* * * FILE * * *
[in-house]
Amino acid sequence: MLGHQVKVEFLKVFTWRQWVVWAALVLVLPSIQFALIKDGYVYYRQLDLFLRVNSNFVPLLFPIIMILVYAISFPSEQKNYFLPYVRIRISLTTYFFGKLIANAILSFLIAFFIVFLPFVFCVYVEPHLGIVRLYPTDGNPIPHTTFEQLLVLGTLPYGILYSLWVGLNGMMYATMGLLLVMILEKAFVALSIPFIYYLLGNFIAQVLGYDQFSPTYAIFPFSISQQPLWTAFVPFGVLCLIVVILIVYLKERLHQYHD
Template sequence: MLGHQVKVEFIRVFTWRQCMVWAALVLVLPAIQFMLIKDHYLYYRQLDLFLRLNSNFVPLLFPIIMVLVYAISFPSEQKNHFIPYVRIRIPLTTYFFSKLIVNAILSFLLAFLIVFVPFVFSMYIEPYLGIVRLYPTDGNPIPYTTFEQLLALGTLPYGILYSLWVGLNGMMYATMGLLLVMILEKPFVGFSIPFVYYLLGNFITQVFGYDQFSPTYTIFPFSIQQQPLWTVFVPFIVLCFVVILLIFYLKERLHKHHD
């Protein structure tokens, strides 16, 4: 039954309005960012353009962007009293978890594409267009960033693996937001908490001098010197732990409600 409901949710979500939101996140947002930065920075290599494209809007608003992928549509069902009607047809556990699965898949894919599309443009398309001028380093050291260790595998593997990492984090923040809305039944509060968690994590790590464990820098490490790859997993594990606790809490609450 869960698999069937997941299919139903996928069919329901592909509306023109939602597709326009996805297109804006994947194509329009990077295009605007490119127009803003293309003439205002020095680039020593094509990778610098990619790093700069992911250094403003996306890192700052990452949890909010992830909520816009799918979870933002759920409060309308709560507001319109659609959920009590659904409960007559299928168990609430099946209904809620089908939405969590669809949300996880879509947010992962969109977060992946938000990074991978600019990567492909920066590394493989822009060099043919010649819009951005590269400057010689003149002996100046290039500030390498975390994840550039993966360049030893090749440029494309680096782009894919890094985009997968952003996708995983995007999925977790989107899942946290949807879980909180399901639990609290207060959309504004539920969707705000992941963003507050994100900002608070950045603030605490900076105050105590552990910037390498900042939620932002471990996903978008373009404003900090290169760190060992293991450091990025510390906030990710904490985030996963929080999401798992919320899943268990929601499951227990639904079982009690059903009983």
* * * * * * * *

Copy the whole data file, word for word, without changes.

[in-house]
Amino acid sequence: MLGHQVKVEFLKVFTWRQWVVWAALVLVLPSIQFALIKDGYVYYRQLDLFLRVNSNFVPLLFPIIMILVYAISFPSEQKNYFLPYVRIRISLTTYFFGKLIANAILSFLIAFFIVFLPFVFCVYVEPHLGIVRLYPTDGNPIPHTTFEQLLVLGTLPYGILYSLWVGLNGMMYATMGLLLVMILEKAFVALSIPFIYYLLGNFIAQVLGYDQFSPTYAIFPFSISQQPLWTAFVPFGVLCLIVVILIVYLKERLHQYHD
Template sequence: MLGHQVKVEFIRVFTWRQCMVWAALVLVLPAIQFMLIKDHYLYYRQLDLFLRLNSNFVPLLFPIIMVLVYAISFPSEQKNHFIPYVRIRIPLTTYFFSKLIVNAILSFLLAFLIVFVPFVFSMYIEPYLGIVRLYPTDGNPIPYTTFEQLLALGTLPYGILYSLWVGLNGMMYATMGLLLVMILEKPFVGFSIPFVYYLLGNFITQVFGYDQFSPTYTIFPFSIQQQPLWTVFVPFIVLCFVVILLIFYLKERLHKHHD
């Protein structure tokens, strides 16, 4: 039954309005960012353009962007009293978890594409267009960033693996937001908490001098010197732990409600 409901949710979500939101996140947002930065920075290599494209809007608003992928549509069902009607047809556990699965898949894919599309443009398309001028380093050291260790595998593997990492984090923040809305039944509060968690994590790590464990820098490490790859997993594990606790809490609450 869960698999069937997941299919139903996928069919329901592909509306023109939602597709326009996805297109804006994947194509329009990077295009605007490119127009803003293309003439205002020095680039020593094509990778610098990619790093700069992911250094403003996306890192700052990452949890909010992830909520816009799918979870933002759920409060309308709560507001319109659609959920009590659904409960007559299928168990609430099946209904809620089908939405969590669809949300996880879509947010992962969109977060992946938000990074991978600019990567492909920066590394493989822009060099043919010649819009951005590269400057010689003149002996100046290039500030390498975390994840550039993966360049030893090749440029494309680096782009894919890094985009997968952003996708995983995007999925977790989107899942946290949807879980909180399901639990609290207060959309504004539920969707705000992941963003507050994100900002608070950045603030605490900076105050105590552990910037390498900042939620932002471990996903978008373009404003900090290169760190060992293991450091990025510390906030990710904490985030996963929080999401798992919320899943268990929601499951227990639904079982009690059903009983």